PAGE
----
There are several ways schools could work to lower suspension rates, according to Halley Potter, a fellow at The Century Foundation who researches issues such as preschool equity, charter schools, and school integration. Potter said teachers need more support from schools, such as occasional visits from school psychologists, and more wraparound services in general to ensure teachers don’t simply address the issue of loss of control of the classroom by suspending students. But to address racial disparities in particular, there needs to be a dialogue about racial biases and how to recognize them in the classroom.
“If you think about a preschool student … how a preschool student bites another student and how a teacher how reacts, and if you have a white teacher and that’s a white student, there might be a different pathway in that teachers brain, that says, ‘Oh I recognize that is developmentally appropriate behavior I’ve seen in my child or I’ve seen my niece do this, and so I know how to respond,” Potter said. ‘”Whereas if that’s a kid of color, there might be different assumptions. There might be a thought that ‘Oh, this is the beginning of aggressive behavior that we need to manage,’ and those types of decisions happen in split seconds.”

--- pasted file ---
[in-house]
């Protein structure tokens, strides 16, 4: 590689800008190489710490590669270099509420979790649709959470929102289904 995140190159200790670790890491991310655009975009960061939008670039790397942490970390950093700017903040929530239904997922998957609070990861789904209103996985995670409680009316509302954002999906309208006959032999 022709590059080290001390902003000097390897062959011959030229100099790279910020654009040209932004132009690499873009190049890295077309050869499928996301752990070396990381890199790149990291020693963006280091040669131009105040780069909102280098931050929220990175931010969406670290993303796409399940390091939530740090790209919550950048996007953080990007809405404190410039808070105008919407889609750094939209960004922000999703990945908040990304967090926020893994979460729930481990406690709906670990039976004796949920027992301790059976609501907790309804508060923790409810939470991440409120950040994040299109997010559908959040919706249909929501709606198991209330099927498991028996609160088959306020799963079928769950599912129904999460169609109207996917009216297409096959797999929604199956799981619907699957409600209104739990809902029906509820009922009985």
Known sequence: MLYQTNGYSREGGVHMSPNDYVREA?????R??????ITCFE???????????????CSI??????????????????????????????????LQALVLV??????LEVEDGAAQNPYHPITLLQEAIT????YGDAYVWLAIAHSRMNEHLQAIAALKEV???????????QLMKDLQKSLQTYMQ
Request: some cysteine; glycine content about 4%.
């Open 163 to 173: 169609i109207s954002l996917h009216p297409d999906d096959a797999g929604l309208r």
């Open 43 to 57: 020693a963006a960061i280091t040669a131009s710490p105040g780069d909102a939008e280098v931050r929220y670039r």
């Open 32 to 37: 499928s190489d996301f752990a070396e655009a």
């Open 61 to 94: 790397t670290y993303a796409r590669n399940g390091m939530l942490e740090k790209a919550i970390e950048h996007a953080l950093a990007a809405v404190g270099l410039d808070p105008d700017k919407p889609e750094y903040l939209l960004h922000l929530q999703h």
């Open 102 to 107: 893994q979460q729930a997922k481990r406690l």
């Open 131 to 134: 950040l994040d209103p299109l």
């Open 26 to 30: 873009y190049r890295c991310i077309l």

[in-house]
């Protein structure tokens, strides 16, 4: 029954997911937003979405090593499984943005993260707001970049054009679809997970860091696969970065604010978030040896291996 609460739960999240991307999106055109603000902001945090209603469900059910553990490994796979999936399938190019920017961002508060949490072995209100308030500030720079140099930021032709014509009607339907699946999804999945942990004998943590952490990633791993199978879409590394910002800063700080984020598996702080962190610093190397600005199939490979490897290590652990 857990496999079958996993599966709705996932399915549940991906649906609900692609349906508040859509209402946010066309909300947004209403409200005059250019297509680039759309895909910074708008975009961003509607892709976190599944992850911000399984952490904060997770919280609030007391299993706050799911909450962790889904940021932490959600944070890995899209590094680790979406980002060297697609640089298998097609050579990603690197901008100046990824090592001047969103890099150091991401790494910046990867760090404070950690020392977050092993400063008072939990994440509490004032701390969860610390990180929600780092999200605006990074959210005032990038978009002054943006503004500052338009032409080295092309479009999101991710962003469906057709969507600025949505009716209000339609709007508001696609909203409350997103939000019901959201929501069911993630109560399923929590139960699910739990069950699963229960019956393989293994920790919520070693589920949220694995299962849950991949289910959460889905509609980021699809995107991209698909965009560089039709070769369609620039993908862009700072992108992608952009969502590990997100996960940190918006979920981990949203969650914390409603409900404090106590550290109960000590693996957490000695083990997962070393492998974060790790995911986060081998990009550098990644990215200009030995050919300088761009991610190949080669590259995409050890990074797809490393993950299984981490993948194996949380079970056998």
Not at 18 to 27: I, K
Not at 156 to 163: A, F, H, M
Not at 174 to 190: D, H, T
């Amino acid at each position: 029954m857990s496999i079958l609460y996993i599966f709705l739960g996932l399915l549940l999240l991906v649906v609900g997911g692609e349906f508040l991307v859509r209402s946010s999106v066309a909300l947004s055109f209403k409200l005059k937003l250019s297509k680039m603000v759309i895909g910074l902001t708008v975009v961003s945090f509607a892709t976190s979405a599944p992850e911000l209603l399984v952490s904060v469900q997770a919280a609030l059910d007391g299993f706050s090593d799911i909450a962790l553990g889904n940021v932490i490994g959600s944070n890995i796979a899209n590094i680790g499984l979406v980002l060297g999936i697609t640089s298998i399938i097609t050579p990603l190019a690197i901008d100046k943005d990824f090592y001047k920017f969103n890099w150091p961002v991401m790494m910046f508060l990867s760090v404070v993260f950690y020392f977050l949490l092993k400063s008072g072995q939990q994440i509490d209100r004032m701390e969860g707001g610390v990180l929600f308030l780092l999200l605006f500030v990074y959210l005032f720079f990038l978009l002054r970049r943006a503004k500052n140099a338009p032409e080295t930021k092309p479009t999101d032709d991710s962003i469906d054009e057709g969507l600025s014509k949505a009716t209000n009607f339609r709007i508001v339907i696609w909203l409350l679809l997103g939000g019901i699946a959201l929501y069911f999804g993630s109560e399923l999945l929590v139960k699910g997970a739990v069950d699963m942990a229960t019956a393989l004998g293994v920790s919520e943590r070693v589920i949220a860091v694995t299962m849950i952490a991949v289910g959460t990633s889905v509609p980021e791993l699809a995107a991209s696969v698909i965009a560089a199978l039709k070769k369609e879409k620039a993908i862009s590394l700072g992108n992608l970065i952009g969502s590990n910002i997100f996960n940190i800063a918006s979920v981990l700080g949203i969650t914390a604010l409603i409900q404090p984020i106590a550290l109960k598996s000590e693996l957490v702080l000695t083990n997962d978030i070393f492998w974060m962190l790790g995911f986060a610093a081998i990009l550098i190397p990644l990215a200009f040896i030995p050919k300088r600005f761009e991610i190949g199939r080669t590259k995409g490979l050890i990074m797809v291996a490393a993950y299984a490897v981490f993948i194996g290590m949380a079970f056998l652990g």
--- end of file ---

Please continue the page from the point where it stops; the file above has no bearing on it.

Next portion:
“Those types of decisions happen in split seconds.”
It’s up to schools to ensure that teachers are aware of their own biases, Potter noted.
“Schools need to provide a chance for all of the adults who are interacting with kids on a daily basis to reflect on their own background and their own baggage that they bring into a situation, so they can be aware of those things and modify their own behavior in the moment,” Potter said. “So if you look at your own classroom and your own schools’ discipline data and see real disparities, think about what you need to do to drill down on the classroom level to change the ways those interactions happen in the moment.”
The report wasn’t all bad news. According to the department’s data, out-of-school suspensions fell by almost 20 percent compared to the 2011–2012 survey. Potter said the decrease in suspensions may be due to the growth of restorative justice practices in recent years, as well as increased media attention on issues of student discipline.
But she says there are also clear incentives for schools to keep working on cutting suspensions.
“If you’re trying to figure out how to move the achievement gap in other ways, one of the strategies you have to come back to is looking at the ways school discipline affects students,” Potter said. “And if you have a persistent racial or socioeoconomic achievement gap, as virtually every school does, one of the things that can really affect that is who is in the classroom on a daily basis and who is missing time because of disciplinary action. I think the incentives are aligned right for districts to be looking at it.”